Kairouan is the fourth holiest city in Islam (after Mecca, Medina, and Jerusalem) and the oldest Arab settlement in Tunisia. It was founded in the 7th century AD, and soon became capital of the Arab region of North Africa known as the Maghreb. But while Kairouan’s era of political dominance only lasted a few centuries, its religious significance remains strong thanks to the Great Mosque. This is the top attraction in town, but there are several other unique things to do in Kairouan. It’s a fascinating UNESCO-listed destination that needs to be on your Tunisia itinerary. Here are the best places to visit in Kairouan.
The Great Mosque of Kairouan
Dating to the city’s founding in the 7th century, Kairouan’s Great Mosque is the oldest and most important Muslim place of worship in North Africa. The impressive complex covers over 10,000 square meters and is surrounded by fortress-like walls.
Building materials were traded from around the Mediterranean, and nothing went to waste. As a result, you’ll see mismatched marble columns, stones with Latin text, and the odd Byzantine cross. My guide pointed out a Roman eagle carved into one of the pediments. This unique blend of architectural details is quite special.
The prayer hall is laid with carpets of rich reds and blues. During the scorching summer months, prayer mats are wrapped around the bases of the marble columns to keep them cool for services. Only Muslims are allowed to enter the sacred space, but the doors are left open so non-Muslims can admire its beauty.
Make sure you are dressed appropriately to enter the Great Mosque complex. No shorts or bare shoulders are permitted, and women must cover their hair with a headscarf. Robes are available inside the entrance if needed.
Medina of Kairouan
Kairouan’s old town, or medina, grew up behind the walls of the Great Mosque and seems to have changed little over the centuries. Shops line the main thoroughfare, but the farther you go along the winding side streets, the quieter it becomes.
If the medina looks familiar, that’s because it was featured in one of the greatest movies of all time – Indiana Jones and the Raiders of the Lost Ark. Most of the scenes depicting 1930s Cairo were actually filmed in Kairouan. City officials agreed to temporarily take down all TV antennas for historical accuracy. (And presumably a hefty payment.) It was a little surreal to walk in the footsteps of Harrison Ford, one of my childhood heroes.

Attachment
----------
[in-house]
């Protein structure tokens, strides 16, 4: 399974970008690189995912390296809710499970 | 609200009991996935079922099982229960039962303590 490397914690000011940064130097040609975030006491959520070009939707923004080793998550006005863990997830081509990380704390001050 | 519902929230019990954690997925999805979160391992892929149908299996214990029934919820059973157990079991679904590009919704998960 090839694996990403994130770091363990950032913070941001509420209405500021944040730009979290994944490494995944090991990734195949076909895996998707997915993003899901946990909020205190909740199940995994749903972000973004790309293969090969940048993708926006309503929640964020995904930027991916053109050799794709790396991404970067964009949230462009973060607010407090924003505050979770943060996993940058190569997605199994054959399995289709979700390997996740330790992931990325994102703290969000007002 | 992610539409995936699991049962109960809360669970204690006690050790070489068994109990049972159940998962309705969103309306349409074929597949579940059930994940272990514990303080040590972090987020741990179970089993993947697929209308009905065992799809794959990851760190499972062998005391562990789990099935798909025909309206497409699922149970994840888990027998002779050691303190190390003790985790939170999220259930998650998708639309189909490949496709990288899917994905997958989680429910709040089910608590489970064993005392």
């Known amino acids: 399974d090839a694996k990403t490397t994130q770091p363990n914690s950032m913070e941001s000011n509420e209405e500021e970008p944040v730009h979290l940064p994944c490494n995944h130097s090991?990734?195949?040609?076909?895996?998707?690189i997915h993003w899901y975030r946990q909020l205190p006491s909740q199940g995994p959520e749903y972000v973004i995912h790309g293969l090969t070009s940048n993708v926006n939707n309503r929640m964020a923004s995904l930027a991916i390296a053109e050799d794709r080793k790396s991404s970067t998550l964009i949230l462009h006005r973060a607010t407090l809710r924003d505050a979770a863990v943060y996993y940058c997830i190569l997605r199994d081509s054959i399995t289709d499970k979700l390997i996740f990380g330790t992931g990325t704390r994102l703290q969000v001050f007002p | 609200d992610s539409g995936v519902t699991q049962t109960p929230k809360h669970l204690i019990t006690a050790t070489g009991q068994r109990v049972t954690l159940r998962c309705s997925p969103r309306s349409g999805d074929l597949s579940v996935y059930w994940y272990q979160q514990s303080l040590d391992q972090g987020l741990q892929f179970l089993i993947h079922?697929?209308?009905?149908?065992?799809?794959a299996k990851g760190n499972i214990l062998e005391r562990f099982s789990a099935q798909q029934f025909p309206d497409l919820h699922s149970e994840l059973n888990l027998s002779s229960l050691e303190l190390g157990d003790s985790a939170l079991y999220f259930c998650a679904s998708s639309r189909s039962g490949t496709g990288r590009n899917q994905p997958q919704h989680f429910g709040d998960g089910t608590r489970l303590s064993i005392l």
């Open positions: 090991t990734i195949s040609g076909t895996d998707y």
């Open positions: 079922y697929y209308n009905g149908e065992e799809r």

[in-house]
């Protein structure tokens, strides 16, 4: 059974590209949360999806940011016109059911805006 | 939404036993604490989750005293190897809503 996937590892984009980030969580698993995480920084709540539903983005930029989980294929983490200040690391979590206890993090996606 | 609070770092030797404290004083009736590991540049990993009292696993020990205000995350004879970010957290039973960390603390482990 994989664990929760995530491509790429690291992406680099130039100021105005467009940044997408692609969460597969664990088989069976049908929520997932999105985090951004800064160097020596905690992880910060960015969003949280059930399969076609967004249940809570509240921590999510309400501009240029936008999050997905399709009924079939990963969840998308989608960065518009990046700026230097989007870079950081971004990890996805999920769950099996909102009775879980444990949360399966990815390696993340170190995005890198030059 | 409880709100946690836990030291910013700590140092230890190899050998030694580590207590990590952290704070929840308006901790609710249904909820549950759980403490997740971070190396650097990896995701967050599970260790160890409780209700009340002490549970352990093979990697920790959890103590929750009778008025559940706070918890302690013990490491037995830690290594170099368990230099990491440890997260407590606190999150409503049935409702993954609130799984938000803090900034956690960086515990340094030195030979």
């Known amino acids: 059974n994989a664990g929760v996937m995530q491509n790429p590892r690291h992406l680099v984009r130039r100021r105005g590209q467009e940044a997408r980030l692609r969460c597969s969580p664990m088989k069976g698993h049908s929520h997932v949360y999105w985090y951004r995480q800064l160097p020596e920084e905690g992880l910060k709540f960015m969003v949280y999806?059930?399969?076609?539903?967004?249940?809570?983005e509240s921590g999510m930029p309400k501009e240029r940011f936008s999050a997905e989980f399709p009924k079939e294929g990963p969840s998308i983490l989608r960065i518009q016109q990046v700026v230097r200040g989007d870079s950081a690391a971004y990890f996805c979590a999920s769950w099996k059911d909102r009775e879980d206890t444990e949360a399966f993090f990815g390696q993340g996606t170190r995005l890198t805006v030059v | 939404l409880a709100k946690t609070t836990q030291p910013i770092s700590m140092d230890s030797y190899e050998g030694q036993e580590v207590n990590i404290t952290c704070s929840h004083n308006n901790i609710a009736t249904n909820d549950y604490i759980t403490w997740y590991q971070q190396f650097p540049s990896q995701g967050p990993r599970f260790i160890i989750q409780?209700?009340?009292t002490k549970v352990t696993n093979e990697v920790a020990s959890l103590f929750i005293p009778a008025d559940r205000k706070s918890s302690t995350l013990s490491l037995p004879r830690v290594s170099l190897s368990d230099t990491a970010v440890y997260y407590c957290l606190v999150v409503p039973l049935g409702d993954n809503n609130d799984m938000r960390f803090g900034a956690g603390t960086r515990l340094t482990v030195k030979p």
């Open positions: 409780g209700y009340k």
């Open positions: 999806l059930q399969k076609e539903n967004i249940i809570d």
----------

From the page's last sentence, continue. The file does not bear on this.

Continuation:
House of the Governor
Once home to Kairouan’s 18th century Ottoman bey, this grand mansion is now a carpet emporium. This region produces some of the finest carpets in Tunisia. You can see works in progress on looms in one of the shops many rooms. The rest of the space is used to display the finished products. Each carpet can take weeks or months to make, depending on its size and quality.
When you enter the shop, you’ll be led to the main show room where a wide variety of carpets will be laid out before you. You’ll be given mint tea to drink and local snacks to nibble on. Since this is a government-run store, the prices are fixed. You can shop stress-free, without the need to haggle. Foreign credit cards are accepted, and the carpets will be folded into easy-to-carry squares.
After the sales pitch concludes, be sure to head up to the tiled rooftop terrace for a look at the city skyline.
According to local legend, a holy man traveling through Kairouan in the 13th century was desperate for water. As he prayed for relief, his dog dug a hole in the sand and water gushed forth. Some believe this spring reaches all the way to Mecca. Another story says that this spring was actually discovered back in the 7th century by the city’s founder when he stumbled on a golden chalice.
A well was built at the site, with camels operating a water wheel to provide an endless flow of drinking water. Today, visitors can watch (for a small fee) as a camel circles the well and fills buckets. I saw people drinking from them with communal cups, but that seems like a recipe for intestinal distress.
Zaouia of Sidi Sahab (Mosque of the Barber)
One of the most beautiful places in Kairouan is the Zaouia of Sidi Sahab. This stunning mausoleum was built in honor of Abu Zama el-Belaoui, a companion, or “sahab,” of the Prophet Mohammed. Sidi Sahab always carried with him three hairs from the Prophet’s beard, hence his nickname of “the barber.”
After admiring hallways and anterooms decorated with tiles, columns, and intricate carvings, you’ll come to a central courtyard. Sidi Sahab’s tomb is located in one of the rooms around the square. Non-Muslims aren’t allowed to enter, but the guard outside will take pictures on your phone for a small donation. A few dinar is fine.
When the Aghlabid dynasty came to power in the 9th century, they looked for a solution to Kairouan’s constant lack of water. They built 15 reservoirs on the outskirts of town, two of which survive. An aqueduct was added to bring in water from a mountain spring some 36 kilometers away. While they are mainly decorative today, the Aghlabid basins were once part of the most significant hydraulic system of the Maghreb.
If you are looking for a good place to eat in Kairouan, I recommend El Brija Restaurant. It’s conveniently located near the Great Mosque, and serves tasty Tunisian classics like salad mechouia and lamb couscous.
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If you want to see more of Tunisia, check out the incredible Roman ruins of Dougga in the northern part of the country.